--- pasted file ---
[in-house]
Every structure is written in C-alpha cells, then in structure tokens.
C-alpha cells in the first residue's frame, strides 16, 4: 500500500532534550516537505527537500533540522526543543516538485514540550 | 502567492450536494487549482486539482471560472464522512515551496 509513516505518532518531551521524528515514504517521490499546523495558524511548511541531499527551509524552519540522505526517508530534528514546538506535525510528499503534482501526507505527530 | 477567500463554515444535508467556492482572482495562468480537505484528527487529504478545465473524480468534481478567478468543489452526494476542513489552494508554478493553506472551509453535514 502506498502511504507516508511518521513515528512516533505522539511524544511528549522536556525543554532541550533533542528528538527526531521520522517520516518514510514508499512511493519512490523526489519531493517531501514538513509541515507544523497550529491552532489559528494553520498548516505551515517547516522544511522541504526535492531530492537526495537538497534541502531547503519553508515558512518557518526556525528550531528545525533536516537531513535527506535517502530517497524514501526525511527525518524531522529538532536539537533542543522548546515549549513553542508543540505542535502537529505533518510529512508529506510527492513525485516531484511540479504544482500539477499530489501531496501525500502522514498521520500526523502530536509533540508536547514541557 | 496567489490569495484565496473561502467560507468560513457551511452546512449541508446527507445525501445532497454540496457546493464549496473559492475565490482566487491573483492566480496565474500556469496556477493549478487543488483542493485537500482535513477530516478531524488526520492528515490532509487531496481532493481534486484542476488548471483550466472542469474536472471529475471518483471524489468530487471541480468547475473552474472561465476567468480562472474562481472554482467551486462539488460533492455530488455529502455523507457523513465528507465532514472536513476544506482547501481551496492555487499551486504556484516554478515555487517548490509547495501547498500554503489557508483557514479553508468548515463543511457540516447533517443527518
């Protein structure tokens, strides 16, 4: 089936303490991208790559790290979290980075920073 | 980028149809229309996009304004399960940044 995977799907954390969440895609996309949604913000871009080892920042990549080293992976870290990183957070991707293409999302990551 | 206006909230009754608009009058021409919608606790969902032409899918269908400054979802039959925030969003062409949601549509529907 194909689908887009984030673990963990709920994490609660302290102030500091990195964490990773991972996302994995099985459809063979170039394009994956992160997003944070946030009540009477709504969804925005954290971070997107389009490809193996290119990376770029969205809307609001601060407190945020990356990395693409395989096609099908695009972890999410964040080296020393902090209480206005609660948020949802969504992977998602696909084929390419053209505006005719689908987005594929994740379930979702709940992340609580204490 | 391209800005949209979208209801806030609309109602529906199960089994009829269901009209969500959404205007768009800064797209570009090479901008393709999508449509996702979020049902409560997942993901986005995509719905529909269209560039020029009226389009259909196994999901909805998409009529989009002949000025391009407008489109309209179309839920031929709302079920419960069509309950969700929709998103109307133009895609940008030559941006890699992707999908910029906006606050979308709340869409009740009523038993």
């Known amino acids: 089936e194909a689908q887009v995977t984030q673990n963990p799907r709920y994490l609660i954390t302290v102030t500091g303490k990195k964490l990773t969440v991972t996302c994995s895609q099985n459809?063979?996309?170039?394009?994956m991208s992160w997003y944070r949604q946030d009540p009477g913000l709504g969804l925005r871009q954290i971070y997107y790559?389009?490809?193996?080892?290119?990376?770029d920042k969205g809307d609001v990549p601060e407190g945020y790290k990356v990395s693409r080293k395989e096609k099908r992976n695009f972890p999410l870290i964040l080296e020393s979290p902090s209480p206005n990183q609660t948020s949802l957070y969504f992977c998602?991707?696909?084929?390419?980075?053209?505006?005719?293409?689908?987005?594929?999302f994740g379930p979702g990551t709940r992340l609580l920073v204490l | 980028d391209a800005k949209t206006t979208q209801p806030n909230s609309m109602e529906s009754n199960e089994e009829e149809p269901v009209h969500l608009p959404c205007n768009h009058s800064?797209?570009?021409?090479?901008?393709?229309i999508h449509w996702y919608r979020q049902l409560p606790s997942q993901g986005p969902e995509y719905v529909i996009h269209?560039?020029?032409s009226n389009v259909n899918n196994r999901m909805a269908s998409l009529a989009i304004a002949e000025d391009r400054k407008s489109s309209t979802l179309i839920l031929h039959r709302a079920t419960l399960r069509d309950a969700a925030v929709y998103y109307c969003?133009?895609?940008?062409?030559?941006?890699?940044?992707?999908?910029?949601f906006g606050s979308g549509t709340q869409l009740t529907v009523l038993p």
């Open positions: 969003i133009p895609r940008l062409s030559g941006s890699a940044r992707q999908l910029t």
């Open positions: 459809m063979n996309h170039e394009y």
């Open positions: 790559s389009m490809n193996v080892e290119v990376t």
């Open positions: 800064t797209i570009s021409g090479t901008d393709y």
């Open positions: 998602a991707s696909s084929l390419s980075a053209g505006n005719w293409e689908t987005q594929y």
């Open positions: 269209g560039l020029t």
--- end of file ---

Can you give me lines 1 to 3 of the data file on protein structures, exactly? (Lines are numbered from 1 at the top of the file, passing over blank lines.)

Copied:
[in-house]
Every structure is written in C-alpha cells, then in structure tokens.
C-alpha cells in the first residue's frame, strides 16, 4: 500500500532534550516537505527537500533540522526543543516538485514540550 | 502567492450536494487549482486539482471560472464522512515551496 509513516505518532518531551521524528515514504517521490499546523495558524511548511541531499527551509524552519540522505526517508530534528514546538506535525510528499503534482501526507505527530 | 477567500463554515444535508467556492482572482495562468480537505484528527487529504478545465473524480468534481478567478468543489452526494476542513489552494508554478493553506472551509453535514 502506498502511504507516508511518521513515528512516533505522539511524544511528549522536556525543554532541550533533542528528538527526531521520522517520516518514510514508499512511493519512490523526489519531493517531501514538513509541515507544523497550529491552532489559528494553520498548516505551515517547516522544511522541504526535492531530492537526495537538497534541502531547503519553508515558512518557518526556525528550531528545525533536516537531513535527506535517502530517497524514501526525511527525518524531522529538532536539537533542543522548546515549549513553542508543540505542535502537529505533518510529512508529506510527492513525485516531484511540479504544482500539477499530489501531496501525500502522514498521520500526523502530536509533540508536547514541557 | 496567489490569495484565496473561502467560507468560513457551511452546512449541508446527507445525501445532497454540496457546493464549496473559492475565490482566487491573483492566480496565474500556469496556477493549478487543488483542493485537500482535513477530516478531524488526520492528515490532509487531496481532493481534486484542476488548471483550466472542469474536472471529475471518483471524489468530487471541480468547475473552474472561465476567468480562472474562481472554482467551486462539488460533492455530488455529502455523507457523513465528507465532514472536513476544506482547501481551496492555487499551486504556484516554478515555487517548490509547495501547498500554503489557508483557514479553508468548515463543511457540516447533517443527518